Superconducting dipole magnet for SAMURAI spectrometer

H. Sato, T. Kubo, Y. Yano, K. Kusaka, J. Ohnishi, K. Yoneda, Y. Shimizu, T. Motobayashi, H. Otsu, T. Isobe, T. Kobayashi, K. Sekiguchi, T. Nakamura, Y. Kondo, Y. Togano, T. Murakami, T. Tsuchihashi, T. Orikasa, K. Maeta

Research output: Contribution to journalArticlepeer-review

9 Citations (Scopus)

Abstract

A superconducting dipole magnet for a large-acceptance spectrometer named SAMURAI has been constructed and installed at the RIKEN RI Beam Factory. The important features of the SAMURAI superconducting dipole magnet are a large pole gap, a wide horizontal opening, and a large momentum bite. The magnet is an H-type dipole, having circular superconducting coils and cylindrical pole pieces with a diameter of 2 m and a pole gap of 880 mm. The coils are orderly wound by the wet winding method developed by Toshiba using a Nb/Ti superconducting wire. The upper and lower coils are installed in two separate cryostats and cooled by the liquid helium bath cooling method. Each cryostat has six cryocoolers: one for a coil vessel at 4 K, four for thermal shields, and one for high- T rm C superconducting power leads. The size of the iron yoke is 6.7 m wide, 3.5 m deep, 4.64 m tall, and the total weight of the magnet is about 650 tons. The maximum magnetic field is 3.08 T at 563 A (1.922 MA turns/coil), which gives a bending power (field integral) of 7.05 Tm. The maximum stored energy amounts to 27.4 MJ and the inductance varies from 396 H to 150 H as the magnetic field increases. The fringe fields are smaller than 5 mT at 0.5 m from the magnet. The construction of the SAMURAI magnet started in 2008 and was completed in June 2011. The commissioning of the SAMURAI spectrometer was successfully performed using RI beams in March 2012.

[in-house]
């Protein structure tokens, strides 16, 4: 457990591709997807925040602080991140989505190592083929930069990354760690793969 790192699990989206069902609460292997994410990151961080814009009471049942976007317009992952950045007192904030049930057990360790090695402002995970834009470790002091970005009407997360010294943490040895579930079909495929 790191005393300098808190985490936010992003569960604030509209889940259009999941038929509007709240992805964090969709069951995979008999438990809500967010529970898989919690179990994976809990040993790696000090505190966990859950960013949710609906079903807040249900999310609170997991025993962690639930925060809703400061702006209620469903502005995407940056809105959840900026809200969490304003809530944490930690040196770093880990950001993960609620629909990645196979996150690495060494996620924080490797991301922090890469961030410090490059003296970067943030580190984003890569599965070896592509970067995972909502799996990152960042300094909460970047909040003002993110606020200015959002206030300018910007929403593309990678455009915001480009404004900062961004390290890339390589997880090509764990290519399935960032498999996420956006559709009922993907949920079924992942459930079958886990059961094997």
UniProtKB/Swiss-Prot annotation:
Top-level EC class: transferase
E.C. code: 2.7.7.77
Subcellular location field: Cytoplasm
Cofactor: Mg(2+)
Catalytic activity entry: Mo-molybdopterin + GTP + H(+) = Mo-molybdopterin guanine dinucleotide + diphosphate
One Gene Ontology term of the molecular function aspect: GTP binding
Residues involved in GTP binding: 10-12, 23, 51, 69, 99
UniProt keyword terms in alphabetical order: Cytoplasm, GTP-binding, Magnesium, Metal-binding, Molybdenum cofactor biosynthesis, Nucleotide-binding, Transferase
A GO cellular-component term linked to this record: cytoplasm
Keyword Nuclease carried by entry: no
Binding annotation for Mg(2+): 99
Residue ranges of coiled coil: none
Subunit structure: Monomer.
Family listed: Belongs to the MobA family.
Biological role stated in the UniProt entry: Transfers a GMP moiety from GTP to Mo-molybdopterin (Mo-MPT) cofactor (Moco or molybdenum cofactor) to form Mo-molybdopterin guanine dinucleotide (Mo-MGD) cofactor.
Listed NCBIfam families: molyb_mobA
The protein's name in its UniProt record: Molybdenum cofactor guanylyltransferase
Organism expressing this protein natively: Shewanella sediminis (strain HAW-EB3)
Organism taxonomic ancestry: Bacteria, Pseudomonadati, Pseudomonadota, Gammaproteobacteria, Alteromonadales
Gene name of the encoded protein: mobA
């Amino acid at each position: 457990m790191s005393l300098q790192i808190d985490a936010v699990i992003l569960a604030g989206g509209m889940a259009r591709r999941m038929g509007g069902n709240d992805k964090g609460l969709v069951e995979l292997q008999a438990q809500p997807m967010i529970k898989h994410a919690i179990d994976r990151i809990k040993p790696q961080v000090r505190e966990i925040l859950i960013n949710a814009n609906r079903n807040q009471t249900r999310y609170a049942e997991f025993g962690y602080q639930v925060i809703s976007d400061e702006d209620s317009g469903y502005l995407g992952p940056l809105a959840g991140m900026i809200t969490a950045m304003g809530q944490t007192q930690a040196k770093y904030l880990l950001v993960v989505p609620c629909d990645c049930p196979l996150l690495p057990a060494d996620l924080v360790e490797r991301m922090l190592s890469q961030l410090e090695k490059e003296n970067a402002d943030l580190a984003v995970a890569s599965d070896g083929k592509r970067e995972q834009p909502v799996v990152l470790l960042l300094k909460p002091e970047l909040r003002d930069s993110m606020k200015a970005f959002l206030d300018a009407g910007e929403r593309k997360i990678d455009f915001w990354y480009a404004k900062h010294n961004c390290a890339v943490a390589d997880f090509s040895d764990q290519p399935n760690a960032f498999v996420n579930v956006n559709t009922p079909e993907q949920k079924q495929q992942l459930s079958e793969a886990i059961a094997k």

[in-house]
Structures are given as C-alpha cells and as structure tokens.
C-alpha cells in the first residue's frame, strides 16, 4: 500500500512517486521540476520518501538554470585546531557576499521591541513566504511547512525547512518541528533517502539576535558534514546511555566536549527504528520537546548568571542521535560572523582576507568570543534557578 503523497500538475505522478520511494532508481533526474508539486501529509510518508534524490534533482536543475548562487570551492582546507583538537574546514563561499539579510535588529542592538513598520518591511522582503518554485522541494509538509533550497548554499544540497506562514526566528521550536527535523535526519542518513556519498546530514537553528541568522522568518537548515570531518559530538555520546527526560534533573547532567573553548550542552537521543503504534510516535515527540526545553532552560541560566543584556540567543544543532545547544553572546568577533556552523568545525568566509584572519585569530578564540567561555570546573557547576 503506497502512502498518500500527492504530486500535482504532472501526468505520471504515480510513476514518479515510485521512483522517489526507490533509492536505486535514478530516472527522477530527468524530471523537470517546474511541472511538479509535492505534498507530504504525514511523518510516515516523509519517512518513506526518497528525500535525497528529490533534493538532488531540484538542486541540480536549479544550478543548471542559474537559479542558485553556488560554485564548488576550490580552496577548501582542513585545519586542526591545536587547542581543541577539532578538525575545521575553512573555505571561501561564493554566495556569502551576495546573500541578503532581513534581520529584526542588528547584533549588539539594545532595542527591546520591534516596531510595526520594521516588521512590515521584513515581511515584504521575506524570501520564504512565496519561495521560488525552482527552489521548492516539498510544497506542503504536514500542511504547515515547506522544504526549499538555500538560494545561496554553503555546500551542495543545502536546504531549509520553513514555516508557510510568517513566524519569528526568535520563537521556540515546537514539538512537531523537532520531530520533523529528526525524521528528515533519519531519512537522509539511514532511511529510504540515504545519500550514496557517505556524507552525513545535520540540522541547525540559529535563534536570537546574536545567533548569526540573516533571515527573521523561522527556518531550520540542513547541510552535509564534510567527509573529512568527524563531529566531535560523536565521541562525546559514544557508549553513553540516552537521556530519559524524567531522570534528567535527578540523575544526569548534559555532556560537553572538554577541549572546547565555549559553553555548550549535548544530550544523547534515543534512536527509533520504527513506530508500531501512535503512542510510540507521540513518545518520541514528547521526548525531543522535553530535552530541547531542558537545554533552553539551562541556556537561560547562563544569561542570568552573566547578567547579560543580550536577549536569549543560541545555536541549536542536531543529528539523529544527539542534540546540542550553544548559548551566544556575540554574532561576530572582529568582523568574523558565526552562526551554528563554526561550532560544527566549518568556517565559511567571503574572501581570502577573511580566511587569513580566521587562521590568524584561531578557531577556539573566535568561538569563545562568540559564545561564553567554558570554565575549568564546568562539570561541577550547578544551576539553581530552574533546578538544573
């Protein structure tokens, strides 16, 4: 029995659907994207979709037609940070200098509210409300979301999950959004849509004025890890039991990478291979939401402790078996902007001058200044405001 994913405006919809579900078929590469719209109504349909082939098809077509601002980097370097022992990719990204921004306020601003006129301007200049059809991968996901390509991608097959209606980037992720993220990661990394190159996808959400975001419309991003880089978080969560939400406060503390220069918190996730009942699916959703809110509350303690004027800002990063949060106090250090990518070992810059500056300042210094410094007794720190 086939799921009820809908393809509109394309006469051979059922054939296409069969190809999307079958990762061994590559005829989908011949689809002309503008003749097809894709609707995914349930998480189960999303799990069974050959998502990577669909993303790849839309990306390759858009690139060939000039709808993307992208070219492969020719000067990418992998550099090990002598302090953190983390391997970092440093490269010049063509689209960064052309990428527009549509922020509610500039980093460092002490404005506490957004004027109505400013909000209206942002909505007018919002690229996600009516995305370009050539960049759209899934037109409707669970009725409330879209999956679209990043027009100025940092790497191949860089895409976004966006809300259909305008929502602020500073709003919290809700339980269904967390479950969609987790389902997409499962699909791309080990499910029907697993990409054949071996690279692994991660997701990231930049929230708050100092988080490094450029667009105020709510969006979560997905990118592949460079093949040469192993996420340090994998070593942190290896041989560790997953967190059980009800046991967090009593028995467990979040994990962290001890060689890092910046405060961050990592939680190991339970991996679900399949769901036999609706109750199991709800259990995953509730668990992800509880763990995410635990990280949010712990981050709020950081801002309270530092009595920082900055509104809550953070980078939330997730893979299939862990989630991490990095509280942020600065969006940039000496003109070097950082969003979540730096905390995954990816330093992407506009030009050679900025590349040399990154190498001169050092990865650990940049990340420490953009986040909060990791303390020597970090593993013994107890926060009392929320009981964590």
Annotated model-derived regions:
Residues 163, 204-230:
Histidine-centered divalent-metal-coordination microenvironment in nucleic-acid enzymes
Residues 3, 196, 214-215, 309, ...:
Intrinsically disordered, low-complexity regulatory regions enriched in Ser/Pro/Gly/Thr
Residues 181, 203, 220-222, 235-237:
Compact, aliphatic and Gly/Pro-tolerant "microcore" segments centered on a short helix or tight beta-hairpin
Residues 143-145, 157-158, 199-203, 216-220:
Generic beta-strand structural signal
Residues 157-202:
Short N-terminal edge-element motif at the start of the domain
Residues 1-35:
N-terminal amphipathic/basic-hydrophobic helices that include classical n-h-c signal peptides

Original languageEnglish
Article number6399567
JournalIEEE Transactions on Applied Superconductivity
Volume23
Issue number3
DOIs
Publication statusPublished - 2013

Keywords

  • Spectrometer
  • superconducting dipole magnet

ASJC Scopus subject areas

  • Electronic, Optical and Magnetic Materials
  • Condensed Matter Physics
  • Electrical and Electronic Engineering

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